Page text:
GCD test

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In compiler theory of computer science, A Greatest common divisor Test is the test used in study of loop optimization and loop dependence analysis to test the dependency between loop statements.

Whenever a sequential loop like for loop is made to be parallel so that it can be executed on more than one processor like in case of grid computing or cluster computing then certain dependencies are checked to know whether this loop can be parallelized or not: for instance, testing the flow (true) dependence of a statement. According to this test, by comparing the indices of two arrays present in two or more statements, it can be calculated whether it is legal to parallelize the loop or not.

Theorem[edit]

A linear Diophantine equation

 a1*x1 + a2*x2 +... + an*xn =c

has an integer solution x1, x2,..., xn iff GCD (a1,a2,.., an) divides c.

E.g.

 2*x1 -2*x2 =1

GCD(2,-2) =2, 2 cannot divide 1. So, there is no integer solution for the equation above.

Dependency Analysis[edit]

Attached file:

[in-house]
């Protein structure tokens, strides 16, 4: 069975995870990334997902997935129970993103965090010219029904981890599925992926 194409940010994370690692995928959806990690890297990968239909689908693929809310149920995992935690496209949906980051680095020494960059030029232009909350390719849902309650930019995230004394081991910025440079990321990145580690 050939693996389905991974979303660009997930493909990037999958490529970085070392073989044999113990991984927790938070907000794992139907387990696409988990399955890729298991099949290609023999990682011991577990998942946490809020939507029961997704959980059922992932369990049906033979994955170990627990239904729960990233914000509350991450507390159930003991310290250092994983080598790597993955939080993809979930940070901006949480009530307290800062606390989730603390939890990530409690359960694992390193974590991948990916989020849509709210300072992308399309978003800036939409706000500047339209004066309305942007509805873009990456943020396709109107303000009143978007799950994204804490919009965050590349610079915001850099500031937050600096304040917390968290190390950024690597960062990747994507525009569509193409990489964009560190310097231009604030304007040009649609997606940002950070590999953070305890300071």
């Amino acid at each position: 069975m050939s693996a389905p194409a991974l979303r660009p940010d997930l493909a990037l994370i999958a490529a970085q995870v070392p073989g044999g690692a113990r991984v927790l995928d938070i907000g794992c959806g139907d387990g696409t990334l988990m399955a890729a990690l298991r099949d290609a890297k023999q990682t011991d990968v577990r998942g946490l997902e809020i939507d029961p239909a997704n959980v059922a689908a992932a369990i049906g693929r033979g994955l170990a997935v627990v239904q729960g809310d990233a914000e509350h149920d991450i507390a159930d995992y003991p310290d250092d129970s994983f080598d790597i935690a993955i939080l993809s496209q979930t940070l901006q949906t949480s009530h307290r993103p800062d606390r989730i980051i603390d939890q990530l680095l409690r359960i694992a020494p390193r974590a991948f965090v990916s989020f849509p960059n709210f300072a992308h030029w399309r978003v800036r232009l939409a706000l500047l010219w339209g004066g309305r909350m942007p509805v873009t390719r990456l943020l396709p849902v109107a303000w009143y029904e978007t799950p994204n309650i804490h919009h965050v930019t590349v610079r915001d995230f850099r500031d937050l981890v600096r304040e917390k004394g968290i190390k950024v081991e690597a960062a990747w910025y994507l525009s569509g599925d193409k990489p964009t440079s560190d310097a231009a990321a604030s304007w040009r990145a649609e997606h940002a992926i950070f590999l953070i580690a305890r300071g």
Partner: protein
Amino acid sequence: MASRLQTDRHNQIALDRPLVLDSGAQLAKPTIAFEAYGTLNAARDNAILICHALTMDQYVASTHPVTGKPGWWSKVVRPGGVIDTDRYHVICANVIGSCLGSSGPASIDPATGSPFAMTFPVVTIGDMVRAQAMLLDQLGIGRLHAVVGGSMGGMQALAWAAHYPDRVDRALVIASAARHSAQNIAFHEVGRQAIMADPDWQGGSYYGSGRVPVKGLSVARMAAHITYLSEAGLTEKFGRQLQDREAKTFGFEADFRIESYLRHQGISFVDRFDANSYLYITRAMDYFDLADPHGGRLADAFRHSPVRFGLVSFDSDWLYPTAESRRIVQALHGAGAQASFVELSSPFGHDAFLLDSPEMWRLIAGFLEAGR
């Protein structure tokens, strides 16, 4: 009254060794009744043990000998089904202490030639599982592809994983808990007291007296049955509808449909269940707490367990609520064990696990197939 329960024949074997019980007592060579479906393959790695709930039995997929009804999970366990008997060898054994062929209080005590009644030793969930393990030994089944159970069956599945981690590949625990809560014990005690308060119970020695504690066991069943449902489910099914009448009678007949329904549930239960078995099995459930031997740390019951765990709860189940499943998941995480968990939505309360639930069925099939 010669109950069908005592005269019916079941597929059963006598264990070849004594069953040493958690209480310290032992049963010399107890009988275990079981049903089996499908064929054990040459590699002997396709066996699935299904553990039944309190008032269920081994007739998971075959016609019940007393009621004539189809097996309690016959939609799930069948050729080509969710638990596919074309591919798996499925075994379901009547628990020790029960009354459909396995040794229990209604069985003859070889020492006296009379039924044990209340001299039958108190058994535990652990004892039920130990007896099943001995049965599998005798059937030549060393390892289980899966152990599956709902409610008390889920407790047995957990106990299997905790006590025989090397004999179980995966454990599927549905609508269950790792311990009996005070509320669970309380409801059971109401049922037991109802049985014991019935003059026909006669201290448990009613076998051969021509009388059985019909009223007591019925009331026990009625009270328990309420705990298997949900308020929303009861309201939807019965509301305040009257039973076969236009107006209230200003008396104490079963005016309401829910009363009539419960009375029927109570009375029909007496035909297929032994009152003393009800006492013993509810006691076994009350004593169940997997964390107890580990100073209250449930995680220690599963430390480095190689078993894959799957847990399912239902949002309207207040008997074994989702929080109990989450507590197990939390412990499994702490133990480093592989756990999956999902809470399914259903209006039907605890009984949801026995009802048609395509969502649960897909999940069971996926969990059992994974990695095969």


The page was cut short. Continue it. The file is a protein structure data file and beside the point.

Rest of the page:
It is difficult to analyze array references in compile time to determine data dependency (whether they point to same address or not). A simple and sufficient test for the absence of a dependence is the greatest common divisor (GCD) test. It is based on the observation that if a loop carried dependency exists between X[a*i + b] and X[c*i + d] (where X is the array; a, b, c and d are integers, and i is the loop variable), then GCD (c, a) must divide (d – b). The assumption is that the loop must be normalized – written so that the loop index/variable starts at 1 and gets incremented by 1 in every iteration. For example, in the following loop, a=2, b=3, c=2, d=0 and GCD(a,c)=2 and (d-b) is -3. Since 2 does not divide -3, no dependence is possible.

for(i=1; i<=100; i++)
{
	X[2*i+3] = X[2*i] + 50;
}

Process[edit]

Loop code in general:

for (int i=0;i<n;i++) 
{
 s1   a[x*i+k] = ...; 
 s2   ... = a[y*i+m];                
}

To decide if there is loop carried dependence (two array references access the same memory location and one of them is a write operation) between a[x*i+k] and a[y*i+m], one usually need to solve the equation

x*i1 +k = y*i2+m   (Or x*i1 -y*i2 = m -k)

Where 0<=i1, i2 <n and i1 != i2.

If GCD(x,y) divides (m-k) then there may exist some dependency in the loop statement s1 and s2. If GCD(x,y) does not divide (m-k) then both statements are independent and can be executed at parallel. Similarly this test is conducted for all statements present in a given loop.

A concrete example source code in C would appear as:

for(int i=0;i<100;i++)
{
 s1 a[2*i]=b[i];
 s2 c[i]=a[4*i+1];
}

The GCD of (2,4) is 2 and dividend is 1. As 2 can not divide 1 properly (leaving remainder zero), there is no dependency between s1 and s2 and various other loop transformation methods can be applied.

See also[edit]

References[edit]

  • Advanced Compiler Design and Implementation by Steven S Muchnick